If the Catholic Church was not the true Church, it was a horrible monstrosity, because it presumed to speak with the authority of God but taught erroneously. Would a God of justice permit his name to be misused in this way for fifteen centuries? 

Pondering all of this, I put down what I was reading. “My God,” I thought. “I actually believe this stuff.” 

It appeared that in my heart I had become Catholic. I could not have been more surprised than if I had become a salamander. The truth was that I didn’t want to be Catholic. It would cause major disruptions in my life. In the end, I decided that I had to have the courage of my convictions and follow through on my new beliefs. I know others who experienced profound joy when they reached that point, but for me the joy would be delayed. 

Paige and I had once agreed that we should take a look at Catholicism, as if we were going to look at a car in a showroom. But this change in me came as a complete surprise. She cried the night I told her I was converting to Catholicism. 

“You know we can’t get married now,” she said. I assured her that I knew she would be upset, and that we should continue to see each other. I urged her to consider studying Catholicism and opening herself up to it. 

When I broke the news to my parents, they were stunned. My mother told me she was more shocked by my announcement than by anything she had ever heard. She insisted that I speak with the pastor of our family’s church, which I agreed to do out of respect for her. 

The two meetings I had with the pastor were odd for both of us. He studied at Catholic University for his master’s degree in medieval studies and knew more about Catholicism than I did. We talked elliptically about faith and belief and how Christians are supposed to grow intellectually. At last he came to the point: Why was I doing this? My mother thought it was for political reasons, but didn’t I know that Catholicism does not endorse political ideologies, and that I could be a Lutheran conservative without contradiction? 

Yes, I said, but my reasons are not political. I have come to believe that the pope is the vicar of Christ, that good works are essential for salvation, and that we should ask Mary and the saints to pray for us. 

“You certainly picked the big ones,” he replied. 

During the following months I exerted no pressure on Paige to look at the Catholic faith and went out of my way to avoid anything that resembled coercion. I talked with her when she wanted to know more about the Church, but I left the subject alone if it didn’t come up. She began attending confirmation class with me, just to see what it was like, and then started going to Mass on Sundays.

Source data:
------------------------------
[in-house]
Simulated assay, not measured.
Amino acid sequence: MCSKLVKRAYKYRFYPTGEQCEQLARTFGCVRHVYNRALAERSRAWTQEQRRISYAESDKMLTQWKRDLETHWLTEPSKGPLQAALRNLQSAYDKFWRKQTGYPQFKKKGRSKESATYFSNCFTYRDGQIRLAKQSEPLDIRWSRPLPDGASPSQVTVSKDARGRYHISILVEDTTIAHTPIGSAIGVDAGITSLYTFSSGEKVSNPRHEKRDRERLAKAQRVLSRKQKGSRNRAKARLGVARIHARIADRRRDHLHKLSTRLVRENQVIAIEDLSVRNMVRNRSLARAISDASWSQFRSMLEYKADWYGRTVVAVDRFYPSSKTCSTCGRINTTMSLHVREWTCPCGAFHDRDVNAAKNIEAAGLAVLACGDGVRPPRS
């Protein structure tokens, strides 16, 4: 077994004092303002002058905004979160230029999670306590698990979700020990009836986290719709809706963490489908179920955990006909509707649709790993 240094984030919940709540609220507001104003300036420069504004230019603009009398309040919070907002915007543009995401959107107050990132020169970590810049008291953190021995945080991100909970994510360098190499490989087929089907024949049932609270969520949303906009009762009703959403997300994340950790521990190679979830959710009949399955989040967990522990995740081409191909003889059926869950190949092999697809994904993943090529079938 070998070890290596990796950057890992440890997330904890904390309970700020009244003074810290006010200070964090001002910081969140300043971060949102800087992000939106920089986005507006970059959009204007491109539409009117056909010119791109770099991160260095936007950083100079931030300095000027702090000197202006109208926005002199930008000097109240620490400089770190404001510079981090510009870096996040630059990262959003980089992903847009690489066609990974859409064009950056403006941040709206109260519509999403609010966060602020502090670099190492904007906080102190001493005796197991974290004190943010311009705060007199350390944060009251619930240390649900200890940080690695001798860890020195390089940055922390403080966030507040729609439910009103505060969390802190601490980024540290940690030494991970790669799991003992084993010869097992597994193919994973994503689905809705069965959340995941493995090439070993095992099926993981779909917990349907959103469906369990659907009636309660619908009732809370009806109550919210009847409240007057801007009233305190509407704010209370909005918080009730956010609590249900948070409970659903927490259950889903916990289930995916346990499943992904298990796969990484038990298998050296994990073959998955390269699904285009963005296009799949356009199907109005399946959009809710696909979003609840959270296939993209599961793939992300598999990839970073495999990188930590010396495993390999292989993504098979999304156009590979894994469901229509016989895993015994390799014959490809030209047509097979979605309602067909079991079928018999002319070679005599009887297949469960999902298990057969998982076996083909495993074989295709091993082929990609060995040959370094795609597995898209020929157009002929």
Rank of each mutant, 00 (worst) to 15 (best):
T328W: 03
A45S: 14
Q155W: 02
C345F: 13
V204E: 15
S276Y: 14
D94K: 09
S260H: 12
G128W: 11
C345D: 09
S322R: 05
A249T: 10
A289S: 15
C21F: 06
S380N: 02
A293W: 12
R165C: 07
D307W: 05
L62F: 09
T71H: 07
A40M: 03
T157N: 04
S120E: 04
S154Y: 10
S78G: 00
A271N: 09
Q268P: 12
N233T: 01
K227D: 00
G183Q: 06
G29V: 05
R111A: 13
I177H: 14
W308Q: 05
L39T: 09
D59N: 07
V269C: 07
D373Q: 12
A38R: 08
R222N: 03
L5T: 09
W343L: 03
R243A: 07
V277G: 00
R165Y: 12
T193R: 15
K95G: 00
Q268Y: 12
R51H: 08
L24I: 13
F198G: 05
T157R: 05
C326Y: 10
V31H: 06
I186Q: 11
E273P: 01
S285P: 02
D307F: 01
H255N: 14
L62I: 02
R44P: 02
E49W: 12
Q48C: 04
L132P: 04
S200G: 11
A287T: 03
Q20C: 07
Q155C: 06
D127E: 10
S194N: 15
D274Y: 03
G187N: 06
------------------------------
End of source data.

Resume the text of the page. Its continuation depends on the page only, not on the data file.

Then the day came when I was over at her apartment and noticed that she had been reading a book on Catholicism. I inquired if it was any good. She nodded weakly. 

“Are you Catholic?” I asked. 

“No, and neither are you,” she shot back. 

“I’m not confirmed, but that doesn’t mean I’m not Catholic.”

“It all makes too much sense,” she exclaimed. 

“Something can’t make too much sense,” I said. “Do you believe it?” 

A pause, then finally: “Yes.” 

Paige and I are now married and expecting a child. My parents have reconciled themselves to our conversion, and they have even attended Christmas and Easter Masses with us for the past couple of years. 

We were confirmed in the Catholic student center of our university at the Easter Vigil Mass in 1994. I expected to be overwhelmed by the experience, impressed by the new responsibility I would now carry as a full-fledged member of the Church. But when the priest dipped his thumb in the sacred oil and marked the sign of the cross on my forehead, I felt I had been let in on a huge cosmic joke. After we returned to our seats, Paige and I could not contain our mirth. 

At the instant I was received into the Catholic faith, I comprehended why artists depict the saints with solemn expressions. Earthly temptations come clothed in seductive guises but prove empty once they are indulged. The things of God are often shabby on the outside, but when they are embraced they prove nourishing and satisfying beyond all expectations. I had discovered the secret smile hidden behind every saint’s face. I thought I had assumed a weighty burden, but instead I found that I had gotten the last laugh.